net results will be about the same for an actual airplane
and one computed as in this report.
As the majority of single-seater pursuit airplanes have
an aspect ratio of less than 6.0, that value was chosen for
investigation. Comparative designs were made of single
and two-bay biplanes of this aspect ratio and differing
values of net wing loading and chord. The most typical
designs had the following general specifications :
Wing section, R. A. F.. . . . . . . . . . . . . . . . . . . . . . . . . . . . 15
Aspect ratio ............. . ....... , . . . . . . . . . . . . . . . 6. 0
Netwingloading ........ pounds per sqgare feet .. 7.5
Chord ............... . ................... inches .. 60
Gap . ..... . ......................... .. .... do . .. . 60
Weight of cellule ( assumed) .pounds per square foot. 1. 0
Load per horsepower for the 2-bay design .. pounds.. 8. 0
Fineness factor (assumed), for the 2-bay design ... 110
Center span ................ .... ....... ... inches .. 30
All spars hinged at center span.
(3)
4
Other designs were made with each of the following
variations:
Net wing loading increased to 8.5 pounds per square
foot.
Chord and gap increased to 72 inches.
60-inch
(ThiS'
Spars made continuous, the upper with
and the lower with 30-inch center span.
was done for the single-bay design only.)
The specifications of the original designs are representative
of good modern practice in the design of singleseater
pmsuit airplanes, as can be seen from a study of
Table IV, page 42, " Stress Analysis and Design of Airplanes."
Each of the other designs were mad'il with only
one variation from these specifications in order to learn
tbe effect of the single changed characteristic.
The value assumed for the fineness factor of the two-bay
designs was chosen arbitrarily. If another value had been
chosen the ceilings and speeds predicted would have been
materially changed, but in this investigation the relative
ceilings and speeds for small changes in fineness are what
are desired, and in the range considered , this depends very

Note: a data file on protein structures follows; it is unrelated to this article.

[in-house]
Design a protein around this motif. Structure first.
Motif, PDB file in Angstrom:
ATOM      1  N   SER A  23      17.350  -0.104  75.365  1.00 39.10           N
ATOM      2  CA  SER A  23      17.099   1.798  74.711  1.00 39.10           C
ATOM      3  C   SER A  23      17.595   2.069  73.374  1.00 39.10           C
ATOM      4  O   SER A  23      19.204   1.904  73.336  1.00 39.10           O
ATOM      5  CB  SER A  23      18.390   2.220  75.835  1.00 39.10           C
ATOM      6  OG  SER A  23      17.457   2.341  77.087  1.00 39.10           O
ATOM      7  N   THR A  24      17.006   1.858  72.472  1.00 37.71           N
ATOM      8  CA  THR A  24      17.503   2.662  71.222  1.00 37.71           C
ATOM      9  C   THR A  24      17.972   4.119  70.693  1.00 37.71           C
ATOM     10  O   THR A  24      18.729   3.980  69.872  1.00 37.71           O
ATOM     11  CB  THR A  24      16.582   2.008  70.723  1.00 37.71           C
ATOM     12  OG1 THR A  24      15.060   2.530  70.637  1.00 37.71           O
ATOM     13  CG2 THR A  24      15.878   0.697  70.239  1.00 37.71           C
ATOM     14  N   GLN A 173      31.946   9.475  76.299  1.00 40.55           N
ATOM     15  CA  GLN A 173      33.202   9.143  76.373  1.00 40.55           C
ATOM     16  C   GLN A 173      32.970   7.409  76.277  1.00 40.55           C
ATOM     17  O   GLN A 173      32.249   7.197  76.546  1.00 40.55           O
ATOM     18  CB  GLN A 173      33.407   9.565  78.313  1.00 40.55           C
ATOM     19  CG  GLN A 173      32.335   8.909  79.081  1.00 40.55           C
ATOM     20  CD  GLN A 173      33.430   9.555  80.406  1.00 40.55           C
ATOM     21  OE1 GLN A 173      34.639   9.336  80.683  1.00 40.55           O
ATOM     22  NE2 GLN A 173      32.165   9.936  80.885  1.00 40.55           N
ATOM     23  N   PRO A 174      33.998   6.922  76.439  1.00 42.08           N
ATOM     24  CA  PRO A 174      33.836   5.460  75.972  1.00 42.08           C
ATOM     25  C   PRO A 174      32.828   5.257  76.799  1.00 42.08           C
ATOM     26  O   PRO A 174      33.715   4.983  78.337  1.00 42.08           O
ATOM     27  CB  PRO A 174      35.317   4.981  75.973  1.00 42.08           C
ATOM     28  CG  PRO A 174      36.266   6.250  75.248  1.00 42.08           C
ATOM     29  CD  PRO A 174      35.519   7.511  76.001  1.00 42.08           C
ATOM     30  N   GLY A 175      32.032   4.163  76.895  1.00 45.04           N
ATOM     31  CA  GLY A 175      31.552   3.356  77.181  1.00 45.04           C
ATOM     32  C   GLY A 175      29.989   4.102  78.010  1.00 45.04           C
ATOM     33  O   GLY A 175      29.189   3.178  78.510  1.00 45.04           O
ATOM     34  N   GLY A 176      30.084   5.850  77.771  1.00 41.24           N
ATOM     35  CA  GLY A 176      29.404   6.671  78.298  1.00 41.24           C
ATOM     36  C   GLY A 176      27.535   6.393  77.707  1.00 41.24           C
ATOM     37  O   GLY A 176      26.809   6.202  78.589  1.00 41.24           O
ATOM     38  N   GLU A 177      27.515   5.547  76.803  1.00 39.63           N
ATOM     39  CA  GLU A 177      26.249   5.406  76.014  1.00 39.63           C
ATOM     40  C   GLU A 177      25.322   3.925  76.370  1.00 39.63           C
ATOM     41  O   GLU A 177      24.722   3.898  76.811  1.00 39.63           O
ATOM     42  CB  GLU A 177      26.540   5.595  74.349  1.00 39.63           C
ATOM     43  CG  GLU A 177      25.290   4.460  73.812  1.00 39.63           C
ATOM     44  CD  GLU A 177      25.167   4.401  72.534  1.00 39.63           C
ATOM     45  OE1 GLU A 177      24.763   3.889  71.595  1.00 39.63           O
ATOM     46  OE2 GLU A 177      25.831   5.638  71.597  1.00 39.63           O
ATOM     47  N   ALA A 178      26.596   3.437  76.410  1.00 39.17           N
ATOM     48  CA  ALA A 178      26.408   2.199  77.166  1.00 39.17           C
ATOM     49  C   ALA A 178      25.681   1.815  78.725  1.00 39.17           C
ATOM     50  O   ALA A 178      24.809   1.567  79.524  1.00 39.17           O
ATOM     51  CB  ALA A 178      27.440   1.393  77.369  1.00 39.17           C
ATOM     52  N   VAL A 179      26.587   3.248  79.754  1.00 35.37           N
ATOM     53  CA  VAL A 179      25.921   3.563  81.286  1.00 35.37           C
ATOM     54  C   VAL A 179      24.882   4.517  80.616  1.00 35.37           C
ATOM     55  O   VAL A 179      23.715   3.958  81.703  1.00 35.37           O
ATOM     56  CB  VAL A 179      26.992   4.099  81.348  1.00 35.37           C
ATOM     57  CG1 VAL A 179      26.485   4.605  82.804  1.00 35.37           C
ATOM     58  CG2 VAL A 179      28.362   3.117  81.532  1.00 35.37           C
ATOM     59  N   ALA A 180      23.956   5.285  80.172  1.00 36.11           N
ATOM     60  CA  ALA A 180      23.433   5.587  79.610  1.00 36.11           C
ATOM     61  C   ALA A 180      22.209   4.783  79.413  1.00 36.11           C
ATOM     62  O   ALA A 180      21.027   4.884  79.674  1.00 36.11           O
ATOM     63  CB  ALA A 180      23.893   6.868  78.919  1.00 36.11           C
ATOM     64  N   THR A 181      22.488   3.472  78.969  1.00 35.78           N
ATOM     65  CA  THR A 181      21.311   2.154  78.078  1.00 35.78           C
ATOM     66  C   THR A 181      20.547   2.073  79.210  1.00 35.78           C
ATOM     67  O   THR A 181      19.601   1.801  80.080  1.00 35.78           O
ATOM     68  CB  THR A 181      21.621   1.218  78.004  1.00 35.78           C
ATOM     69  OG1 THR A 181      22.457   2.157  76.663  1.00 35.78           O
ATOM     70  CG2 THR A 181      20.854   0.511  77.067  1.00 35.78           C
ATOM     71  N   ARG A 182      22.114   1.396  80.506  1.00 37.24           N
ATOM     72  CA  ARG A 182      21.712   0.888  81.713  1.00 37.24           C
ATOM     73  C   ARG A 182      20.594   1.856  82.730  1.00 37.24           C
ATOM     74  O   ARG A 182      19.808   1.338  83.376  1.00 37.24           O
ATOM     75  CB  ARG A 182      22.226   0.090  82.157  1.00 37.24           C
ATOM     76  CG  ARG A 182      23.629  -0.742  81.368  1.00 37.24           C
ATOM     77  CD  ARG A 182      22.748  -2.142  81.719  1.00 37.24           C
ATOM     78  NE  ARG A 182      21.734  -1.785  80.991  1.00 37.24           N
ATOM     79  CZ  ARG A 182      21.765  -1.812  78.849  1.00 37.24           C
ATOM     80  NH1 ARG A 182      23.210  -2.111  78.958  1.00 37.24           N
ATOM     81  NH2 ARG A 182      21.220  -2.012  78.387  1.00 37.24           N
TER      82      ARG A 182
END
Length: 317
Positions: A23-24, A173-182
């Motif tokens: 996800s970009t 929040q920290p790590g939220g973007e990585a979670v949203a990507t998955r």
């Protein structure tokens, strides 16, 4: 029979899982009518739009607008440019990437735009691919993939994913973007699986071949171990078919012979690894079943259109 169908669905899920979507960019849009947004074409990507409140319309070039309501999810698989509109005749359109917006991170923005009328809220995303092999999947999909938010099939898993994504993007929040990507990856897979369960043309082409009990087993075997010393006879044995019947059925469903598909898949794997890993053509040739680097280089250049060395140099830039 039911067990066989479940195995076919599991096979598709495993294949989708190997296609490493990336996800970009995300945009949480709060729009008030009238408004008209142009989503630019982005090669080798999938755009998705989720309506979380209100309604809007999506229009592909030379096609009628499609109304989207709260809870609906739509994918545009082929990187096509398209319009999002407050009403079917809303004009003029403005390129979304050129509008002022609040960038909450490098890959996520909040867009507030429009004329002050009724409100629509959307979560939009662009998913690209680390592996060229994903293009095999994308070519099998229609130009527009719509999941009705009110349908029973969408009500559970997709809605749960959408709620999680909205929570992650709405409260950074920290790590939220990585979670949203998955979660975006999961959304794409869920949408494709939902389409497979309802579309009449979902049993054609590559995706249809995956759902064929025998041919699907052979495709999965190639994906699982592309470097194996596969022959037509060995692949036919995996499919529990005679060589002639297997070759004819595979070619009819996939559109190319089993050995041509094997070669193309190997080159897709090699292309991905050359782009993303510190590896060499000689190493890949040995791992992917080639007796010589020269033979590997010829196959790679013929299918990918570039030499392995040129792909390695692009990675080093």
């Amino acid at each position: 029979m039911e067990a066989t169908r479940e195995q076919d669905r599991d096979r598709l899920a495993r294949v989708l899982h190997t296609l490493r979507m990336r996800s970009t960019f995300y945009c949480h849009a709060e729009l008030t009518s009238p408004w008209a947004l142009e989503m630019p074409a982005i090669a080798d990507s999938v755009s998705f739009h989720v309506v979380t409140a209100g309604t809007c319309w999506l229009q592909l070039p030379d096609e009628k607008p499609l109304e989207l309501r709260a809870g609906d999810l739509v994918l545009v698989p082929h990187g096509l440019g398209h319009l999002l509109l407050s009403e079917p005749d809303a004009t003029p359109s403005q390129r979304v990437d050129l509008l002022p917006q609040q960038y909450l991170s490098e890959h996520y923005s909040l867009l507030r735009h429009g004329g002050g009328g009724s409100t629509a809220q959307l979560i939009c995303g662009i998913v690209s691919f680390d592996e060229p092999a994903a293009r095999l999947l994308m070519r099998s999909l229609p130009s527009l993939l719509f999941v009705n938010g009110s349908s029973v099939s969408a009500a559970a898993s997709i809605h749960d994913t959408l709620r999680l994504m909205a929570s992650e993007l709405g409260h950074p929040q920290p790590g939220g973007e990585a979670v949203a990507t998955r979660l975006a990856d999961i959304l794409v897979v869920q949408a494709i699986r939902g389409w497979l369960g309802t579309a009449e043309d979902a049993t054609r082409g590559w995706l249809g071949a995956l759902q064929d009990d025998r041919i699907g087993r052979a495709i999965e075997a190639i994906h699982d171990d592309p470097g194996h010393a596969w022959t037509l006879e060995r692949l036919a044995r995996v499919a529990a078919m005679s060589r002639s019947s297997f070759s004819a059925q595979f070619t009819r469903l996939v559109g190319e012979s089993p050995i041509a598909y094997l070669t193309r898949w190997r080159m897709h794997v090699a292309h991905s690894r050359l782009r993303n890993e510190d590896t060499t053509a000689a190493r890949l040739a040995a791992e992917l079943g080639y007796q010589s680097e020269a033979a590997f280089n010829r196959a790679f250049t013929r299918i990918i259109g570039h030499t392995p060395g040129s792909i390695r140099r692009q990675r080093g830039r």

little, if any, on the fineness assumed , so the results obtained
may be considered the true effect on the performance
of the change from a two-bay to a one-bay design.
Table I gives data regarding three pairs of designs. In
each case the performance of the two-bay design was predicted
on the assumption of a fineness factor of 110 and a
power loading of 8.0 pounds per horsepower. The horsepower
at 10,000 feet, 15,000 feet, and 20,000 feet was computed
on the assumption that the power varied directly as
the density of the air. From the speed and power, the
thrust at the four altitudes considered was figured by
ineans of the relation, power=velocity times thrust, from
which we obtain the formula. Thrust in pounds equals
375 times horsepower divided by velocity in m. p. h .
This value of the thrust was assumed to be equal to the drag
of the entire airplane. The difference in the resistance of
each pair of designs was computed for the speed of the twobay
-design at each altitude and subtracted from the corresponding
value of the drag of the two-bay design to obtain .
the drag of the one-bay design at the same speed and alti- ·
tude. 'l'he fineness of the one-bay design was then obtained
from the relation
F,=F,-3Y/Dn,,
where F represents the fineness factor, D the. total drag,
and the subscripts identify the design considered . From
the data used, fom· values of the fineness of each one-bay
d'ilsign were obtained, one for each altitude, and the arithmetic
mean was used in predicting performance.
The above formula for obtaining the fineness of the onebay
design from that of the two-bay design is not exact,
but where the ratios of weight and resistance of the two
designs are as nearly equal as they are in the cases considered
, the error in using it is too small to be detected on a
20-inch slide rule and the work is much simplified.
By definition the fineness factors are proportional to the